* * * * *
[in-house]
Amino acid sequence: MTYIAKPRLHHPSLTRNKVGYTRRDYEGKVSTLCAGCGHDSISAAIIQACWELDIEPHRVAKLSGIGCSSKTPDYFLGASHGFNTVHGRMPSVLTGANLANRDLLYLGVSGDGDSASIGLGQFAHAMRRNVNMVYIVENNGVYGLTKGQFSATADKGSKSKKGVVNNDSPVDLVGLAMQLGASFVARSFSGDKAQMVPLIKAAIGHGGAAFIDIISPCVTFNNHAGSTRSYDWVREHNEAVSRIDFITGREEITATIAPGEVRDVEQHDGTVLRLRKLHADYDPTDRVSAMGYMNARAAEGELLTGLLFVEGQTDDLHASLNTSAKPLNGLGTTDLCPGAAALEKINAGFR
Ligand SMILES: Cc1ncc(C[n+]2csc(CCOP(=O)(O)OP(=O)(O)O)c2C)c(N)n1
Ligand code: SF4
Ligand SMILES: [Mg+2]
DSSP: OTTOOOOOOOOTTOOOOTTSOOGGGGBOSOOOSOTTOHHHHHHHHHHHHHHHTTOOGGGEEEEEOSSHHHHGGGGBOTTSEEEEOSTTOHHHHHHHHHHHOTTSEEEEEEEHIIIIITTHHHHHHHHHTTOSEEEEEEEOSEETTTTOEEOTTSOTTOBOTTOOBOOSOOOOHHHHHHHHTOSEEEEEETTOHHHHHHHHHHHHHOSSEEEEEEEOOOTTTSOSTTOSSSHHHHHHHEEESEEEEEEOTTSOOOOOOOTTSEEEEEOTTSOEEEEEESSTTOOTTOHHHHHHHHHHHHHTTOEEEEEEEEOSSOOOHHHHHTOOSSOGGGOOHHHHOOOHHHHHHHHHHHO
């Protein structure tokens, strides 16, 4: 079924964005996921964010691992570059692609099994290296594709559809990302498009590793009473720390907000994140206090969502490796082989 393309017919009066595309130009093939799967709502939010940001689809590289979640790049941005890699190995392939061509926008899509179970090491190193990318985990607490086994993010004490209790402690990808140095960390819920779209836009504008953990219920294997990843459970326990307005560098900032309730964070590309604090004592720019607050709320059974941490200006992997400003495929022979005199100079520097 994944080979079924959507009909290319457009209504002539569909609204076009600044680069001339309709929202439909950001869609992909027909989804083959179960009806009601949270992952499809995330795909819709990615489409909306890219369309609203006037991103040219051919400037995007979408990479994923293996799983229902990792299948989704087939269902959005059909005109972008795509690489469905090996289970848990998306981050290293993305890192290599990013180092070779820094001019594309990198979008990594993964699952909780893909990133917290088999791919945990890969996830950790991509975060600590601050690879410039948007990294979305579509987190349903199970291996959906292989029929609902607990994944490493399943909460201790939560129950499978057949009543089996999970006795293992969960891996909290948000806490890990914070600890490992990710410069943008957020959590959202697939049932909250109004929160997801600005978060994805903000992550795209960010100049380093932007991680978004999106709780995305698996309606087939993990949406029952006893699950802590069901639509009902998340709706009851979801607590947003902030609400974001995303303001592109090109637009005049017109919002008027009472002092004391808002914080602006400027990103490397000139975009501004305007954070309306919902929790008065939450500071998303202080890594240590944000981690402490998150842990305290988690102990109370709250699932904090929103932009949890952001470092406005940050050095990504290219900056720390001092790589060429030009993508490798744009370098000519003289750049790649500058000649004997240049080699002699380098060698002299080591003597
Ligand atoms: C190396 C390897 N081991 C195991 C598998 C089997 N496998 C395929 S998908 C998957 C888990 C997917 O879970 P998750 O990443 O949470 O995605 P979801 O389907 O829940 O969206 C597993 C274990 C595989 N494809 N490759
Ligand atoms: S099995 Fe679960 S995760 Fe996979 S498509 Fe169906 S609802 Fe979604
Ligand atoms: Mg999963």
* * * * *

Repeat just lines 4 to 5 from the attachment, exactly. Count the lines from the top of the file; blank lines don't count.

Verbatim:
Ligand code: SF4
Ligand SMILES: [Mg+2]